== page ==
Jerome R. Corsi, a Harvard Ph.D., is a WND senior staff reporter. He has authored many books, including No. 1 N.Y. Times best-sellers "The Obama Nation" and "Unfit for Command." Corsi's latest book is "Who Really Killed Kennedy?"More ↓Less ↑
Robert Poole, a mechanical engineer who has advised the administrations of George H. W. Bush, Bill Clinton and George W. Bush to privatize U.S. highways,
estimates that more than $25 billion in Public-Private-Partnership, or PPP, highway projects are planned or approved in the United States.
Now, a prominent Oklahoma state representative has invited Poole to promote his PPP toll road ideas, a move evidently designed to counter growing citizen opposition.
Poole lobbies for PPP highways in Oklahoma
Oklahoma House Speaker Republican Lance Cargill, the founder of a group known as The 100 Ideas Initiative, has invited Poole to give a June 13 luncheon speech at
Spirit Bank in Tulsa.
Oklahoma activists opposed to the construction of NAFTA superhighway toll roads have objected that bringing a “heavy hitter” like Poole to Oklahoma signals that state politicians are already lining up with investment bankers in a
PPP plan designed to bring the Texas Department of Transportation’s Trans-Texas Corridor into their state.
Poole’s luncheon speech will be introduced by opening remarks from Cargill.
Beginning February 2007, Cargill has been holding a series of town hall meetings across Oklahoma promoting the development of “100 Ideas of Innovation for Oklahoma’s Second Century.” At the end of 2007, Cargill plans to
publish a book on the 100 Ideas theme. The “100 Ideas” website notes that “the book will serve as an agenda for Speaker Cargill and as a plan for Oklahoma’s second century.”
Oklahoma Department of Transportation to withdraw from North America’s Super-Corridor Coalition, Inc. and to block any moves to build a NAFTA superhighway like the Trans-Texas Corridor in Oklahoma.
NASCO is a Dallas-based trade association that promotes Interstate Highways 35, 29 and 94 as an international trade corridor.
NASCO adamantly objects to any suggestion that the trade organization supports the construction of any new NAFTA superhighway, although it has consistently refused to accept challenges to oppose the Trans-Texas Corridor
plans of their TxDOT member. According to the NASCO website, the state of Oklahoma is also a member of the trade group.
Federal Highway Administration Pushes PPP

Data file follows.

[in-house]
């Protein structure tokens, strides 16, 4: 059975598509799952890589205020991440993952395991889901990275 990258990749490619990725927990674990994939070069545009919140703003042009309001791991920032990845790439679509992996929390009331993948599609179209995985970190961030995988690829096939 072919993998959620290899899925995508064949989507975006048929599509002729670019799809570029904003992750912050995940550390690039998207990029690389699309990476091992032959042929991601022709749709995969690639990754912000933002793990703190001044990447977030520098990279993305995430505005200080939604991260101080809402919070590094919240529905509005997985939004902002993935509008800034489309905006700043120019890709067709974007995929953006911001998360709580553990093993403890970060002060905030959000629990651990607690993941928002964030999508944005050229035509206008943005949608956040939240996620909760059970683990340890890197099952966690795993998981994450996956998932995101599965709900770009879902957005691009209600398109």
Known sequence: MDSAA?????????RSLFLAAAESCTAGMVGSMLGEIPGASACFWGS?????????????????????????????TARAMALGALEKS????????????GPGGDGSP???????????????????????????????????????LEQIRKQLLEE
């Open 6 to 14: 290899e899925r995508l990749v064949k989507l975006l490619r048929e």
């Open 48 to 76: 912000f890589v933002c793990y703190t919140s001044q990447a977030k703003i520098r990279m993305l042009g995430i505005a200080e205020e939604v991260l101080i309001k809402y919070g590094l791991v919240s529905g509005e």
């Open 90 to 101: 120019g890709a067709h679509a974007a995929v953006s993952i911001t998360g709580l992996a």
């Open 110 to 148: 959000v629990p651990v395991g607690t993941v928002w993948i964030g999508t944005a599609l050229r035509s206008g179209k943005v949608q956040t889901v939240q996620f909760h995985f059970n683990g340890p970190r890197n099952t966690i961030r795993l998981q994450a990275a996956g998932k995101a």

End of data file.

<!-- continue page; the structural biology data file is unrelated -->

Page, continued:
WND has reported that the Federal Highway Administration, or FHWA, is promoting public-private partnerships to bring private capital to
expanding superhighway projects, consistent with extending Trans-Texas Corridor-35 north into Oklahoma.
A FHWA website dedicated to PPP projects presents case studies for state highway administrators to study, as well as sample “Comprehensive Development Agreements”
that are required to implement PPP highway development contracts.
PPP projects in the United States can be dated back to Executive Order No. 12803, which President George H. W. Bush signed April 30, 1992. This mandate cleared federal barriers for cities and states to lease public works
infrastructure to private investors.
PPP Controversies Develop Overseas
Poole argues that as the U.S. highway market matures, we are certain to see “the emergence of domestic toll road companies.” He notes that in addition to foreign capital consortia, “financial institutions have been creating multi-billion-dollar infrastructure investment funds, so these deals will soon be tapping U.S. capital in a major way.”
In some international markets, evidence is mounting to discredit PPP methodologies as a “debt free” way governments fund superhighway toll
In New South Wales, Australia, the government responded to public protests over the high tolls imposed by the PPP-funded Cross-City Tunnel, forcing the NSW government to reopen routes that had been closed in order to
guarantee the profits of the private operator.
Another Australia case involves the Scoresby Freeway in Victoria, Australia, where the cost of buying the PPP lease operator out of their
high toll rates was estimated at some $7 billion, even though the costs of constructing the freeway was estimated at $2.5 billion. The differences were attributed to “compensating private investors for bearing risk that properly belongs
with the public.”
Typically planned to be operated as toll ways, PPP deals involve Wall Street investment bankers earning huge fees to attract foreign capital for new highways or to lease existing highways, with the plan to operate these PPP